I have a SQL table
readings something like:
id int client_id int device_id int unique index(client_id, device_id)
I do not understand why the following query is so slow:
SELECT client_id FROM `readings` WHERE device_id = 10 ORDER BY client_id DESC LIMIT 1
My understanding with the index is that mysql keeps an ordered list (one property of a btree) of each row in the table sorted first by client_id and then by device_id. When I execute an explain on this query it says that it will use the index, but that it will need to look at every row. This makes sense since in the worst case, there may only be one row with device_id = 10 and that may also be the row with the smallest client_id and thus at the end of it's search. However, in practice, this is not true. My table has ~10 million rows, and rows with device_id = 10 are spread fairly evenly throughout that table. Why then doesn't MySQL start at the end of the index and scan until it finds the first row with device_id = 10, stop and return that value? It does not seem possible that this is what is happening since the query takes ~30 seconds to execute.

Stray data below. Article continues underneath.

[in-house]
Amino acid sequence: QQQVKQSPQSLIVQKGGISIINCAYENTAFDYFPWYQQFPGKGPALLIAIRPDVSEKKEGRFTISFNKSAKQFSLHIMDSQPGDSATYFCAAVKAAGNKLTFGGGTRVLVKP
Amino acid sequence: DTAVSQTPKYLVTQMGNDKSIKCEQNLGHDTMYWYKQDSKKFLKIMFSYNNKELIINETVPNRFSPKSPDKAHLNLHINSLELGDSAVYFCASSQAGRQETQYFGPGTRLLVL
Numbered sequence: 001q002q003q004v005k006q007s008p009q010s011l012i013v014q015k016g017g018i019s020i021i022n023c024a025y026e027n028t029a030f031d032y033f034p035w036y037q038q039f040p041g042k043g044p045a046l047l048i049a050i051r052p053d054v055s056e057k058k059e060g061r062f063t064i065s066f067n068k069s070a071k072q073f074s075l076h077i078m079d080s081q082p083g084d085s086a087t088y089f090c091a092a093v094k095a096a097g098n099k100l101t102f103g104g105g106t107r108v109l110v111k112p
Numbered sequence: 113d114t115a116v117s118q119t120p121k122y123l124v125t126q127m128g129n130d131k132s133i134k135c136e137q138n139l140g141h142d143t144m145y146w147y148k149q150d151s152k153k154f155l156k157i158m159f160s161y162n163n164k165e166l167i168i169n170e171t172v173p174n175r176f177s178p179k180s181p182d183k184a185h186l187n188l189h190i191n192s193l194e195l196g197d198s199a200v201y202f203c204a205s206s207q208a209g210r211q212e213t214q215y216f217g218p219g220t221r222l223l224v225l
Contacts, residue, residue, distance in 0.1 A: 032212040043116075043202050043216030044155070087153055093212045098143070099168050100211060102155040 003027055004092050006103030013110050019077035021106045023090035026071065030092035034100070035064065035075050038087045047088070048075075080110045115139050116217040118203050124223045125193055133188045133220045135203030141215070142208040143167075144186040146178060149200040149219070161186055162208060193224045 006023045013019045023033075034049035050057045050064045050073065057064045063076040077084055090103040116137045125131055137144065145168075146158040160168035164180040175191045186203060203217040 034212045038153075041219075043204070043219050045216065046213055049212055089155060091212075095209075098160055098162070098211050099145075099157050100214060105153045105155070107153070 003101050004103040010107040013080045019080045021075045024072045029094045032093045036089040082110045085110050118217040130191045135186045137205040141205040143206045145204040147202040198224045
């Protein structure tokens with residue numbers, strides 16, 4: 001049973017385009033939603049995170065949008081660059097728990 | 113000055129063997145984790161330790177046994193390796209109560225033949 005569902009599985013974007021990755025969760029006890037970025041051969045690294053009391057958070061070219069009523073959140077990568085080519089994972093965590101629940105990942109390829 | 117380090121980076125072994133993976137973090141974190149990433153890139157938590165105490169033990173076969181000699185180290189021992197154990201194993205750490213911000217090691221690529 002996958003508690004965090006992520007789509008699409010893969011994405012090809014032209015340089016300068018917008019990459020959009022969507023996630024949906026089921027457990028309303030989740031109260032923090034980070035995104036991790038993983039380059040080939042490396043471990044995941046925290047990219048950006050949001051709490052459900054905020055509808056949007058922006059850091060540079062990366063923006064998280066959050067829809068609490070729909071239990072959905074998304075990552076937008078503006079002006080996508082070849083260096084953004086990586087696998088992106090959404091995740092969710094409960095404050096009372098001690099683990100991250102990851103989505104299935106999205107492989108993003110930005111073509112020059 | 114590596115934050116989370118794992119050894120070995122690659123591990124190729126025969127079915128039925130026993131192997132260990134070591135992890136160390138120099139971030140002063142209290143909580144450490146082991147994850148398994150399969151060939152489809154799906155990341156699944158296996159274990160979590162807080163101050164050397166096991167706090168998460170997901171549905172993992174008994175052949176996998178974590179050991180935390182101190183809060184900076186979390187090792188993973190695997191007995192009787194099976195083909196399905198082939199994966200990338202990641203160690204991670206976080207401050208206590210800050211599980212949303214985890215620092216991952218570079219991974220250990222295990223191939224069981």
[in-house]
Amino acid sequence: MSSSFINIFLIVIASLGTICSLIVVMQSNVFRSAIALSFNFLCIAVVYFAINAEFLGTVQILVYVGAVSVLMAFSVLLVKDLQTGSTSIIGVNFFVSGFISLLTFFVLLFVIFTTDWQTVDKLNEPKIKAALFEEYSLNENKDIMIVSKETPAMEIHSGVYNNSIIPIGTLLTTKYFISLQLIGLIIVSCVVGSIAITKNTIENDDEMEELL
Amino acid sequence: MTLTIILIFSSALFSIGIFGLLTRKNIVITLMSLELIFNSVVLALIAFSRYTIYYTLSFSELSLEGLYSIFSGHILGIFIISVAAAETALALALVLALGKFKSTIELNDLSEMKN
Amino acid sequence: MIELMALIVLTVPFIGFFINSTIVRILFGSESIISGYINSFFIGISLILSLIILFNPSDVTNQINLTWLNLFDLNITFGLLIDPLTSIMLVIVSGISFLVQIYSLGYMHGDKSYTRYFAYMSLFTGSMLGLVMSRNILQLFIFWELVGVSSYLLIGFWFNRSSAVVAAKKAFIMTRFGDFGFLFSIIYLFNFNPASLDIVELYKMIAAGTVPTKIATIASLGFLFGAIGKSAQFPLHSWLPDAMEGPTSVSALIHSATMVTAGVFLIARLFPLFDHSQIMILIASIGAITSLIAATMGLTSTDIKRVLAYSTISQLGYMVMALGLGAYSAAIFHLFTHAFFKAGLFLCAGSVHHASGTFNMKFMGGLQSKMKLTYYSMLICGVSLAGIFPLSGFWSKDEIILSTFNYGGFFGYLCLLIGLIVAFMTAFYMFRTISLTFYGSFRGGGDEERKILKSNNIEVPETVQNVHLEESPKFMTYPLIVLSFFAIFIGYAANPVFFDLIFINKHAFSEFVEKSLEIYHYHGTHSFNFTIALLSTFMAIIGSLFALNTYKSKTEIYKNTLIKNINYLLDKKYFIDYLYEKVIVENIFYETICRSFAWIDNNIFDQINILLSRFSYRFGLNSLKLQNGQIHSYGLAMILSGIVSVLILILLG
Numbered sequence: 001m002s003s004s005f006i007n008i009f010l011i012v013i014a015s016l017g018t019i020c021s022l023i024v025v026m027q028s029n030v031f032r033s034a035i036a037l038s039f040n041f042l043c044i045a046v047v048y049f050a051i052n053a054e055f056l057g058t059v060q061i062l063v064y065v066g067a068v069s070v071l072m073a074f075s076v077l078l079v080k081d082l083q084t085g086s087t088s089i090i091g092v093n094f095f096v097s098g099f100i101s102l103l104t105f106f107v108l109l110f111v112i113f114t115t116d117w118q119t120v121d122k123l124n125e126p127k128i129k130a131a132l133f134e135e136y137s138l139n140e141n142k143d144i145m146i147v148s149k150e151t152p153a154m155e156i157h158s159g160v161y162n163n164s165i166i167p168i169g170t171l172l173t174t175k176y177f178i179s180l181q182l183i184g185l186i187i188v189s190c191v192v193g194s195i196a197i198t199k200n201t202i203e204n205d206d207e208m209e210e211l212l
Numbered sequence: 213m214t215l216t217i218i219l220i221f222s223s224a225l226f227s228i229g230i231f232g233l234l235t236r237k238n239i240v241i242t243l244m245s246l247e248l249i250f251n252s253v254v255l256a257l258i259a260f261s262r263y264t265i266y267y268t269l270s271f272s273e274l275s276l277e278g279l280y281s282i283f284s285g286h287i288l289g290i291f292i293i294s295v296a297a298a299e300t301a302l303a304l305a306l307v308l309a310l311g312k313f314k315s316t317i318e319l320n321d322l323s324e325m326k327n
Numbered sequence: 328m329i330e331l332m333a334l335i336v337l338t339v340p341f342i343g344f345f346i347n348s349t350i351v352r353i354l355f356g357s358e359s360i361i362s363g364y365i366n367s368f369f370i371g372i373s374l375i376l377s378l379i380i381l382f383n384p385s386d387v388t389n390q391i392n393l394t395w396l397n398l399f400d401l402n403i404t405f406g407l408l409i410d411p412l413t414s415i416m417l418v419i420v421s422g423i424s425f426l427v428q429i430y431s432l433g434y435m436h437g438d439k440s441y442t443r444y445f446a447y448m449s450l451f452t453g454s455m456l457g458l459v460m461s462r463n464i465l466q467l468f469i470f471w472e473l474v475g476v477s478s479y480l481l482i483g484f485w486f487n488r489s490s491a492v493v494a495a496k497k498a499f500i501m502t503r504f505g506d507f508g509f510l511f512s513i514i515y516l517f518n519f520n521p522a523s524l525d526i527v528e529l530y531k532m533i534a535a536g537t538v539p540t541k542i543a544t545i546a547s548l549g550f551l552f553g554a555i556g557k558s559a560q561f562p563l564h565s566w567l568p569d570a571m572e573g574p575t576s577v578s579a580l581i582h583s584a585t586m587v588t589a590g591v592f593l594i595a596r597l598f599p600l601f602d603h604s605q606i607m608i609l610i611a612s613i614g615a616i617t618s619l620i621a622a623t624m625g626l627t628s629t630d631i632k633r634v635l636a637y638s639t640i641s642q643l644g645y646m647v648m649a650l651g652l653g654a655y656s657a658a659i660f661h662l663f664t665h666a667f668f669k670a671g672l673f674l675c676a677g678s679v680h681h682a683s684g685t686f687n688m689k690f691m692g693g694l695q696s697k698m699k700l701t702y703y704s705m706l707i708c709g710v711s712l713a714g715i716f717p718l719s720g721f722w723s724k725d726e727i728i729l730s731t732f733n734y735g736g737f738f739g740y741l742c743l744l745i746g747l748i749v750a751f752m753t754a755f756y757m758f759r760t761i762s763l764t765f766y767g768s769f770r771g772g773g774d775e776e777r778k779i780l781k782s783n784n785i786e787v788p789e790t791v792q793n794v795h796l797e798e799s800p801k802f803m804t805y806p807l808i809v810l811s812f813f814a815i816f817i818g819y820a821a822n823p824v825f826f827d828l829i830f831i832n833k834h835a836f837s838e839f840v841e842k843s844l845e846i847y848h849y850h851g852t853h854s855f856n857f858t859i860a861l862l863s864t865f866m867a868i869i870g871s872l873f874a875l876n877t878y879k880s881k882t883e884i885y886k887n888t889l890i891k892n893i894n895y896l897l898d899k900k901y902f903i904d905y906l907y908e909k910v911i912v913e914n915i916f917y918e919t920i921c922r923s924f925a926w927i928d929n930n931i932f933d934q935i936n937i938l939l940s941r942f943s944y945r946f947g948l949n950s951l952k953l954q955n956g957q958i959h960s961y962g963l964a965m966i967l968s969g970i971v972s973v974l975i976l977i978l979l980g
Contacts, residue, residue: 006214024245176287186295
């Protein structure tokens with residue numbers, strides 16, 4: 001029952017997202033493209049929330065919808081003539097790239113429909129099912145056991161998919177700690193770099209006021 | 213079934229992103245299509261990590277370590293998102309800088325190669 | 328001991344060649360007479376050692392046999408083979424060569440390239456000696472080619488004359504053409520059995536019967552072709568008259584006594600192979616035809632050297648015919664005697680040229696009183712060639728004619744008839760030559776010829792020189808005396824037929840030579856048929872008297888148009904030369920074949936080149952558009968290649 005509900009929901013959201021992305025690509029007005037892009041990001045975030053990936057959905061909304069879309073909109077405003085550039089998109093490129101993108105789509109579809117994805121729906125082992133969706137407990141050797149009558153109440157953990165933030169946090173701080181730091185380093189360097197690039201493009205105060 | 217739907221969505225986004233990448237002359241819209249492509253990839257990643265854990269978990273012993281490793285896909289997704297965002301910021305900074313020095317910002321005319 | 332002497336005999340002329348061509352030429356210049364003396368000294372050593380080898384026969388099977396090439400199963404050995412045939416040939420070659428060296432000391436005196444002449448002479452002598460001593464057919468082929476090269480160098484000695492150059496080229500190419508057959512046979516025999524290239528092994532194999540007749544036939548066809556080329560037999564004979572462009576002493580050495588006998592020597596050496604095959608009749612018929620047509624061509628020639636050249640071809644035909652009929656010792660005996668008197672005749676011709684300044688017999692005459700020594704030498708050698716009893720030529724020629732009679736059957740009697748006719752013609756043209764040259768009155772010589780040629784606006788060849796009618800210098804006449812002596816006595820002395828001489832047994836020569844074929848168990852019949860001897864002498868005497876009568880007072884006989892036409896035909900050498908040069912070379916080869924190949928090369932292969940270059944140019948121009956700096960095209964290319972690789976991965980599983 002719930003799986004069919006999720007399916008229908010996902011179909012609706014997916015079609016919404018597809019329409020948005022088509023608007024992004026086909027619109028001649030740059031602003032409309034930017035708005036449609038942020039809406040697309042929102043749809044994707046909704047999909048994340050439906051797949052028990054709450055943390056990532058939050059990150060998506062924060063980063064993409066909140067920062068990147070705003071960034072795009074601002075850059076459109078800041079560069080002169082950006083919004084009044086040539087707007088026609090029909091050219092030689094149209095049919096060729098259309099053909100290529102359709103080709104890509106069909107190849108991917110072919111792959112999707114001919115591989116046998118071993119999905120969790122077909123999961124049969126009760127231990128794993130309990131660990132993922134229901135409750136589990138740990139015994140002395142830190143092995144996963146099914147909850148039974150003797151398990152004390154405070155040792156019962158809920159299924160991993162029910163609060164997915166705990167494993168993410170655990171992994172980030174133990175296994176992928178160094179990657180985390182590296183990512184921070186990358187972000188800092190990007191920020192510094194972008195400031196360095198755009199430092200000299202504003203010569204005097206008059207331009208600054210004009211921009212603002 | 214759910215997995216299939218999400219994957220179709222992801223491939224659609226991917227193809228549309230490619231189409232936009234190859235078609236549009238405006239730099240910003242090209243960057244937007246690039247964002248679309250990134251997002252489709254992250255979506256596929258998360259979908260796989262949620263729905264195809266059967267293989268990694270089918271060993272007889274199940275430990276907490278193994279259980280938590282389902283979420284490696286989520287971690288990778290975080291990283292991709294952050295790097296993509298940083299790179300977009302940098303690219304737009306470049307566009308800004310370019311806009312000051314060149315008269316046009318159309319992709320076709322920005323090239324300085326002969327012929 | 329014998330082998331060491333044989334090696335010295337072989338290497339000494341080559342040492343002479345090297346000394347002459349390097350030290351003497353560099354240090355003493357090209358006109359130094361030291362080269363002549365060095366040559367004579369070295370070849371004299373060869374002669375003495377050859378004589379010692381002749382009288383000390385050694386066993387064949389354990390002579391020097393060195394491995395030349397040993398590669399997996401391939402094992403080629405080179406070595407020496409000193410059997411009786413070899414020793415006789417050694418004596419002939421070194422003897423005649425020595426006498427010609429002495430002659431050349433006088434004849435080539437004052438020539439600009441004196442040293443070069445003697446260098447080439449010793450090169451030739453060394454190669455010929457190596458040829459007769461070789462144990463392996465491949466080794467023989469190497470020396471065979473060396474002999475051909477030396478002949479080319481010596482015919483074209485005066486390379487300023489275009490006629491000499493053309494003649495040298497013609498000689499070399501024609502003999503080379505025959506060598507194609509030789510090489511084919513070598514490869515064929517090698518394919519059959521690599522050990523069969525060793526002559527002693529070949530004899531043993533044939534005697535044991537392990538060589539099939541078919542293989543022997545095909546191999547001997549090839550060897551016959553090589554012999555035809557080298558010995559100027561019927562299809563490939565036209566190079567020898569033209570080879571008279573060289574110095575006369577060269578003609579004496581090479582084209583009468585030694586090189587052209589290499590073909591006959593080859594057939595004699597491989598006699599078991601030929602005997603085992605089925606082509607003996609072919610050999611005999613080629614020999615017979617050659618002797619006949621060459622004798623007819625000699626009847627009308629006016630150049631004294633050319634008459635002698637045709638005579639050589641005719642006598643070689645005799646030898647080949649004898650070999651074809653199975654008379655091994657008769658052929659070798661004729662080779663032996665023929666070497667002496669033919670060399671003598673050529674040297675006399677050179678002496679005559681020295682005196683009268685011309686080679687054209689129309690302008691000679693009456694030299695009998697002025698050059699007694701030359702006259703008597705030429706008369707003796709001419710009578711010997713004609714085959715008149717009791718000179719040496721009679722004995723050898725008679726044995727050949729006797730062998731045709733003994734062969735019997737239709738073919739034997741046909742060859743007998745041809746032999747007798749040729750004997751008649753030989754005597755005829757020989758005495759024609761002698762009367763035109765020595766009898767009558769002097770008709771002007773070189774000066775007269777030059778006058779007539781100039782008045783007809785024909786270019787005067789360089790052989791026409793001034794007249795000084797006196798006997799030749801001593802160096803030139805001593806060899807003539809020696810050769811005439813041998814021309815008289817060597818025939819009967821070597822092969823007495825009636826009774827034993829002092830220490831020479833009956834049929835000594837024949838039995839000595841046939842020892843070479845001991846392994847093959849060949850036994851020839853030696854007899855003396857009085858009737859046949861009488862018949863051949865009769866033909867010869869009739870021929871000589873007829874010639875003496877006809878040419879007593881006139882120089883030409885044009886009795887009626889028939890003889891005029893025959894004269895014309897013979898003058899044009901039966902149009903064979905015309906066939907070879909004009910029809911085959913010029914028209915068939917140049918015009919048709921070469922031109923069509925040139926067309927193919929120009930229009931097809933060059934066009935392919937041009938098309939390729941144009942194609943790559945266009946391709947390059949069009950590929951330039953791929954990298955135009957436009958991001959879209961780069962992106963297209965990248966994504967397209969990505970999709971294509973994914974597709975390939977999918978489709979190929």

Is it that my unique key is implemented as a hash somehow and thus not accessible in a list form? PHPMyAdmin is telling me that it is implemented as a b-tree, which makes me think that it should be able to do the scan as I mentioned above and quit with the first instance.
Where is my error and how can I make this query execute more quickly?